By now, you've probably heard of the tragedy last Saturday at the Indiana State Fair. Five people were killed and forty-five others were injured when one of the concert stages collapsed during a high wind in a storm. This tragedy struck me pretty close to home, not only because I reside in Indiana, because two days prior I had been there with my four year old daughter at a sold out Big Time Rush concert. Even though our seats were about as far away as you can possibly get from the stage, I would never have wanted her to witness such a sight first hand...but as healthcare workers, we know that these things do happen and no one is immune from experiencing such horrible events.
Maybe you've seen the footage of the stage going down, at least on our local news channels they've played it many times. As disturbing as the images of a huge structure falling down into a huge crowd of people was, the footage of what happened afterward is what really brings tears to my eyes.
Instead of running away in terror, nurses, doctors, paramedics, and many other emergency personnel rushed to the scene of the accident. Footage of nurses off the clock triaging the victims and firemen and policemen carrying off the wounded on makeshift stretchers also were posted on the internet. Stories of people with lacerations, compound fractures, and other injuries were told on the news. My mind was absolutely blown when I think about how these people jumped in and started caring for strangers, with virtually no supplies or equipment. In the middle of a severe storm.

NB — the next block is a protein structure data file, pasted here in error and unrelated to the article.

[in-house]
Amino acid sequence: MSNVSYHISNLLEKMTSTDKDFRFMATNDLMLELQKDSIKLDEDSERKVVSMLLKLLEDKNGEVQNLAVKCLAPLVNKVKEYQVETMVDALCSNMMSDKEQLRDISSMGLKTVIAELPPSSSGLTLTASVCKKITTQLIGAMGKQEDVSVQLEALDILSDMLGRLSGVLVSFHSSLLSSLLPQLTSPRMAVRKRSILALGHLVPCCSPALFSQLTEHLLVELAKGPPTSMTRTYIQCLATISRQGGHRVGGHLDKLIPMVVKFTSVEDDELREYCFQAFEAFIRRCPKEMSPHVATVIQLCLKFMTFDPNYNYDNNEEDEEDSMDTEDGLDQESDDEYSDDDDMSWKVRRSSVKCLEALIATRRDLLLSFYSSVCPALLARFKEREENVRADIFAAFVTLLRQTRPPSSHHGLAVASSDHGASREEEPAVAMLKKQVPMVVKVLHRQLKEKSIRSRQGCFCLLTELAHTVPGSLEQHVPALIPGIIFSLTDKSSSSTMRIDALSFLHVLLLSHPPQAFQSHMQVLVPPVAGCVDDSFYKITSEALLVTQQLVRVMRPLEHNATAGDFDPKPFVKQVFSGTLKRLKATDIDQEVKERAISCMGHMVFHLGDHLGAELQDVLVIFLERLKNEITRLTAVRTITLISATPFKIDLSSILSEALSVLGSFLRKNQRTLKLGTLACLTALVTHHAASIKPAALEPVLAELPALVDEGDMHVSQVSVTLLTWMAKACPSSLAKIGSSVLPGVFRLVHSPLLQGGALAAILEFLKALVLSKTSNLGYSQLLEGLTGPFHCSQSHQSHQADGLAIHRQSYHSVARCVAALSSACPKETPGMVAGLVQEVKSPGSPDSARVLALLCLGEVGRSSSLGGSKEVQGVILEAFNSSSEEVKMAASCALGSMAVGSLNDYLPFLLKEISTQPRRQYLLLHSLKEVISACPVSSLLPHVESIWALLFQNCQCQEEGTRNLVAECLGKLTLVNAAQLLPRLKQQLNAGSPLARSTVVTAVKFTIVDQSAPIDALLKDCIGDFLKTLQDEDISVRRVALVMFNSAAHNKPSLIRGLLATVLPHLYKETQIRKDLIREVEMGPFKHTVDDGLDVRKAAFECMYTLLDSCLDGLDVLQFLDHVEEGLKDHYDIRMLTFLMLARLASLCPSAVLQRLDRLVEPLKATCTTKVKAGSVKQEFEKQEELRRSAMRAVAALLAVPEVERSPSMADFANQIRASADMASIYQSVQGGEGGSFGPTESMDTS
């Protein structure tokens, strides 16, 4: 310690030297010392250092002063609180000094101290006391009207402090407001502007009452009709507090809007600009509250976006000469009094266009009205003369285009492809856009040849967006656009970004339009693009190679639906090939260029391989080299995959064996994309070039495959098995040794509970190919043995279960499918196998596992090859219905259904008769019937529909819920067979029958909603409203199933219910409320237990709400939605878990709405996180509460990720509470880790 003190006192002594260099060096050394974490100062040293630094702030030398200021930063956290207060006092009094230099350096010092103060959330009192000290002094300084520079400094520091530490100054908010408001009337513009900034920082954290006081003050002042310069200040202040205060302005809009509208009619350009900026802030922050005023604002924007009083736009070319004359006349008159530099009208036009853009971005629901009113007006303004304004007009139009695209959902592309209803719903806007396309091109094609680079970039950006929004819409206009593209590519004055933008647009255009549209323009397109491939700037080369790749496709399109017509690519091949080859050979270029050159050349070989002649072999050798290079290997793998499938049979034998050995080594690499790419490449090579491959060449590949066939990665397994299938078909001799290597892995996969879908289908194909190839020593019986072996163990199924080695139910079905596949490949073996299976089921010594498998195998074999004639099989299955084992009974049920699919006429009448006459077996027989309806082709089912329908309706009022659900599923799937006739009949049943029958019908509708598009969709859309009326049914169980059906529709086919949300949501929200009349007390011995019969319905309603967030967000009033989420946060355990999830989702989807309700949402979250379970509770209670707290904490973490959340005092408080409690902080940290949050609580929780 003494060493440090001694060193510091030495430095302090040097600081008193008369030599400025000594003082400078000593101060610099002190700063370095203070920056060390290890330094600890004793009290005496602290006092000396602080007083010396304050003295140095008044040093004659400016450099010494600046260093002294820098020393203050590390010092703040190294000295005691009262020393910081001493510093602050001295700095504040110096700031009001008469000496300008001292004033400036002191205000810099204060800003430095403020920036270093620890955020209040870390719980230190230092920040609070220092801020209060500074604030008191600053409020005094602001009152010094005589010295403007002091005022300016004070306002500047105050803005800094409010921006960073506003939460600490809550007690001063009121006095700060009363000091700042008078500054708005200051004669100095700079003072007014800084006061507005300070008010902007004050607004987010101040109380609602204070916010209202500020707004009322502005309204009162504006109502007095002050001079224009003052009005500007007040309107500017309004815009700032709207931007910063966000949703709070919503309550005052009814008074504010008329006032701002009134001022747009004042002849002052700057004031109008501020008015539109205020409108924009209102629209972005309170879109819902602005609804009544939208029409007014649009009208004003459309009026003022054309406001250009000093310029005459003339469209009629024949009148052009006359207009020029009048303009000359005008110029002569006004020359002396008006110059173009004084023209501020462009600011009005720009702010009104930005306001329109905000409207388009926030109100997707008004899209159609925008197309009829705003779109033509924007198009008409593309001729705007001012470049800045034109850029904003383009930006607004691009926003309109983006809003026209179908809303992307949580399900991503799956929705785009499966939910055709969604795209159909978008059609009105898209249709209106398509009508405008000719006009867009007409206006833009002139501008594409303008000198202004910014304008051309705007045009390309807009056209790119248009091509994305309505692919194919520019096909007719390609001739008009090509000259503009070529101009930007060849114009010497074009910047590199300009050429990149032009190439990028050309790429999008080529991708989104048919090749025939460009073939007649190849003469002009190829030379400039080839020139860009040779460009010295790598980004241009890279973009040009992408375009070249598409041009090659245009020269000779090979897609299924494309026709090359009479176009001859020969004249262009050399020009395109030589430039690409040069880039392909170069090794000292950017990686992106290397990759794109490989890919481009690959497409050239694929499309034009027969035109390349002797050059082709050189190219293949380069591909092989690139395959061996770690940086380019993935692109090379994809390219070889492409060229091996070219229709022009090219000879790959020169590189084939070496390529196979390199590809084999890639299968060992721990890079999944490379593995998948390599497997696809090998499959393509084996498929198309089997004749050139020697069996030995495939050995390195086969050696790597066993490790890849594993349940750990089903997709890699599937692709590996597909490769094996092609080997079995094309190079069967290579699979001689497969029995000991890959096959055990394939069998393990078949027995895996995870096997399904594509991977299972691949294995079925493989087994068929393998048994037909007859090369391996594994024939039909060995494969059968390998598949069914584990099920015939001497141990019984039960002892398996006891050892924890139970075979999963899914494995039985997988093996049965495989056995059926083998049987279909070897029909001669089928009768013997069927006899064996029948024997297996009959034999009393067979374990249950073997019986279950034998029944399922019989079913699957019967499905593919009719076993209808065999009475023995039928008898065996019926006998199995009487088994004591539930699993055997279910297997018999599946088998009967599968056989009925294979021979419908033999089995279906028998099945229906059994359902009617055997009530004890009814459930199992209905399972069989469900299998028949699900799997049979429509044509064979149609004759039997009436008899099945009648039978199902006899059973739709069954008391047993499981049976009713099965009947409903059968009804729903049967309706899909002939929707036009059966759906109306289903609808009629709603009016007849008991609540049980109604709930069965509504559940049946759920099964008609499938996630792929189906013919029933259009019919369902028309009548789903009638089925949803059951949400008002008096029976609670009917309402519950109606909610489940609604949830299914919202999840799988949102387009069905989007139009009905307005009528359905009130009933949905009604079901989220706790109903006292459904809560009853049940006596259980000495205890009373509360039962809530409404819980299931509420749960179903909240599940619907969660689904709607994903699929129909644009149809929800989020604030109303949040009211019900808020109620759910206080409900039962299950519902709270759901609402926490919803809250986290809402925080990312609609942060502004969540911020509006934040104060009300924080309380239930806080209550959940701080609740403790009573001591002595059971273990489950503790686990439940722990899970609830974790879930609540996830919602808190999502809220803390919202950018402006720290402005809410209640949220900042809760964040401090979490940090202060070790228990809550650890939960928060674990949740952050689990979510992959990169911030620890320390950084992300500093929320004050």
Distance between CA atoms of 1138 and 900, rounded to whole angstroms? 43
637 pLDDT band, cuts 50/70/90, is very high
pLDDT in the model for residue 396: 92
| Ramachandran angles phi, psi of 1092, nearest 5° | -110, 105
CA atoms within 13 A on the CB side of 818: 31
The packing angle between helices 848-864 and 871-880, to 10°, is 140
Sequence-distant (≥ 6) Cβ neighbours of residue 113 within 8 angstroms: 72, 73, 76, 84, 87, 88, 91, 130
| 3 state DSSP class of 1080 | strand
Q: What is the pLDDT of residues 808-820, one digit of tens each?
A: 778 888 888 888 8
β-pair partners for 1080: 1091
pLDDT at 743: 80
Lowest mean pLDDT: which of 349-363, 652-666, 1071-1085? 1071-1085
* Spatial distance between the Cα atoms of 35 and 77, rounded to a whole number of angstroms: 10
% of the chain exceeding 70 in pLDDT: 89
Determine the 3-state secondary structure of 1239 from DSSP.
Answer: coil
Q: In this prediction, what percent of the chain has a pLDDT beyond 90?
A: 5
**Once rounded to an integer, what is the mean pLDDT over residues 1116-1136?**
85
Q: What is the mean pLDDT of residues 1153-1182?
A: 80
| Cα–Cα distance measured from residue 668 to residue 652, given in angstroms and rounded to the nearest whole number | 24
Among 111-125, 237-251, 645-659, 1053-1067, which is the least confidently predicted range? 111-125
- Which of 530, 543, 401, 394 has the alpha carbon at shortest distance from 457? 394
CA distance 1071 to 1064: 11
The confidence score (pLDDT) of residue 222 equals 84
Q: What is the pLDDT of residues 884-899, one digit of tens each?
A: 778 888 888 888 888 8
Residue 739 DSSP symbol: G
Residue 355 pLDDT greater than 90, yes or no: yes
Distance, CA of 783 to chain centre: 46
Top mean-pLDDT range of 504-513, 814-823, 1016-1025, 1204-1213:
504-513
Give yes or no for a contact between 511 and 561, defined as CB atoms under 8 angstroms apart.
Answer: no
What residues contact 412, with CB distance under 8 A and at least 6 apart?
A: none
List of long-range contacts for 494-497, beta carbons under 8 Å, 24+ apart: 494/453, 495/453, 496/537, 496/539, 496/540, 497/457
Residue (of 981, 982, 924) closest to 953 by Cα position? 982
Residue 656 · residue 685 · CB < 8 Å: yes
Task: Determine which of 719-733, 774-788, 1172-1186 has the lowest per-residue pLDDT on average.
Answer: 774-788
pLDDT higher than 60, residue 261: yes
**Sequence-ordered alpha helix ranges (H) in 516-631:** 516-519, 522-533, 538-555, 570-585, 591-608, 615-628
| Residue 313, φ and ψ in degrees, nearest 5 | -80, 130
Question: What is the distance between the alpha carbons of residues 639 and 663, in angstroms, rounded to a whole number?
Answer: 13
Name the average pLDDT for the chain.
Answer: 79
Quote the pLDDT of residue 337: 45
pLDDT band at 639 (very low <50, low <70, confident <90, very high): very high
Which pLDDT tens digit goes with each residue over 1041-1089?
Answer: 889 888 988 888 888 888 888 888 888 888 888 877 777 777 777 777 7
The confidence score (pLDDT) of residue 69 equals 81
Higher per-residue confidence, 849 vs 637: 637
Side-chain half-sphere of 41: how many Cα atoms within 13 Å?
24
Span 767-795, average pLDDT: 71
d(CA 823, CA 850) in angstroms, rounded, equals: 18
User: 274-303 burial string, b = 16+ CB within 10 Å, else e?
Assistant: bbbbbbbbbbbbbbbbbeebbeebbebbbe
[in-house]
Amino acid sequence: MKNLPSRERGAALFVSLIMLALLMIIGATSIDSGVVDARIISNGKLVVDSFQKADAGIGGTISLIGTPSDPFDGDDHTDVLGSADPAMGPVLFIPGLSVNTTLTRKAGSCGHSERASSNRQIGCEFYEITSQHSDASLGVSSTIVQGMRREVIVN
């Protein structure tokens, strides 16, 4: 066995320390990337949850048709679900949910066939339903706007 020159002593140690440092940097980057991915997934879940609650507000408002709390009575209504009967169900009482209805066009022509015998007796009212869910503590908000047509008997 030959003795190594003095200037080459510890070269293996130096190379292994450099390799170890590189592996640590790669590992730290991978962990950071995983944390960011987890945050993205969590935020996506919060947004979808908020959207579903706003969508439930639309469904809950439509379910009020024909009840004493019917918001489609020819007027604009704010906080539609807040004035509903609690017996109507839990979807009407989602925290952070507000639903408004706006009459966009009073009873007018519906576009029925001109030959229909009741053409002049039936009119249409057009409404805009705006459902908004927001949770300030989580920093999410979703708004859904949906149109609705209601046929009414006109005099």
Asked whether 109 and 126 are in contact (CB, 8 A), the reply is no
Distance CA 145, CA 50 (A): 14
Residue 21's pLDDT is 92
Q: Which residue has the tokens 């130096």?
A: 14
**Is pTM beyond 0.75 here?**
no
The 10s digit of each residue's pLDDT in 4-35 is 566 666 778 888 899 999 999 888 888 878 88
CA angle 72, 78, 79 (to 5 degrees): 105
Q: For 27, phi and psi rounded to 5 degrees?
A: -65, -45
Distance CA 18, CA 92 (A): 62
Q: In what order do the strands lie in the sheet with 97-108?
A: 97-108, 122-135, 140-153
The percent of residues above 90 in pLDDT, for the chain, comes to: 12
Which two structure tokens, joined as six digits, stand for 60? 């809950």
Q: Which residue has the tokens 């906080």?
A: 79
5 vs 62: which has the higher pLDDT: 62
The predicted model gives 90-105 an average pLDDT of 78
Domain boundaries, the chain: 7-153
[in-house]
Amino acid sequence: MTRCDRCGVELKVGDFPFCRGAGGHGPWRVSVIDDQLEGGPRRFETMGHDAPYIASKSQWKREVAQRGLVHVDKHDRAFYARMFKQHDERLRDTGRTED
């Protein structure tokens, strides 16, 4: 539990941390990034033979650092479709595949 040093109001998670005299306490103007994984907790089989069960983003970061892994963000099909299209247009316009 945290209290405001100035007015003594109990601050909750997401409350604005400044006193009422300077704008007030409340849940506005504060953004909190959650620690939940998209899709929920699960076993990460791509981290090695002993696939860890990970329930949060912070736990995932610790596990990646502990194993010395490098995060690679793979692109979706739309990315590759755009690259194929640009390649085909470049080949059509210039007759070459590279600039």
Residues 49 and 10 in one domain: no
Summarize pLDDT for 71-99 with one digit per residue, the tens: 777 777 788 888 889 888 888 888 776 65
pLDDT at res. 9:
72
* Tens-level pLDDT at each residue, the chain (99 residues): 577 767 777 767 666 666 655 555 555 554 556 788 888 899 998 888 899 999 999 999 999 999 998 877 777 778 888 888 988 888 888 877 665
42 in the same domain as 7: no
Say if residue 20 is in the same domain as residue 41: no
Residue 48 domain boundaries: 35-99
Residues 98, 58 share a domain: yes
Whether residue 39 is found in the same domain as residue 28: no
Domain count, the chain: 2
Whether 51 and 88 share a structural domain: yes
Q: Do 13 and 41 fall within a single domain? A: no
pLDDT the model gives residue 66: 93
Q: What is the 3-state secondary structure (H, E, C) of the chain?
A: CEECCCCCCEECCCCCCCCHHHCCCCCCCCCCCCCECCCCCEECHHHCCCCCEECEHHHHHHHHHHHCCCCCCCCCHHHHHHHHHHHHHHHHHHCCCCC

It stories like these, although tragic, that make me proud to be a nurse. Although I've mostly worked with patients with DNR status, healthy moms and children, and most recently in academia, I still consider myself capable of these kind of actions. What a gift.
When this happened, one of my friends had asked if I'd ever been in emergency situation such as this, but outside of work. Thankfully, no. It's never come up. But do you have stories? Please share your experiences of jumping in and helping when tragedy struck. Let everyone know how nurses, EMTs, techs, paramedics, respiratory therapists and anyone else I may not be thinking of at this second are the real heroes in life- not overpaid athletes or bad boy or bad girl recording artists.
Thank you for all you do. And also, my thoughts, prayers, and condolences for everyone who was at that Sugarland concert last week lost their loved ones in the accident.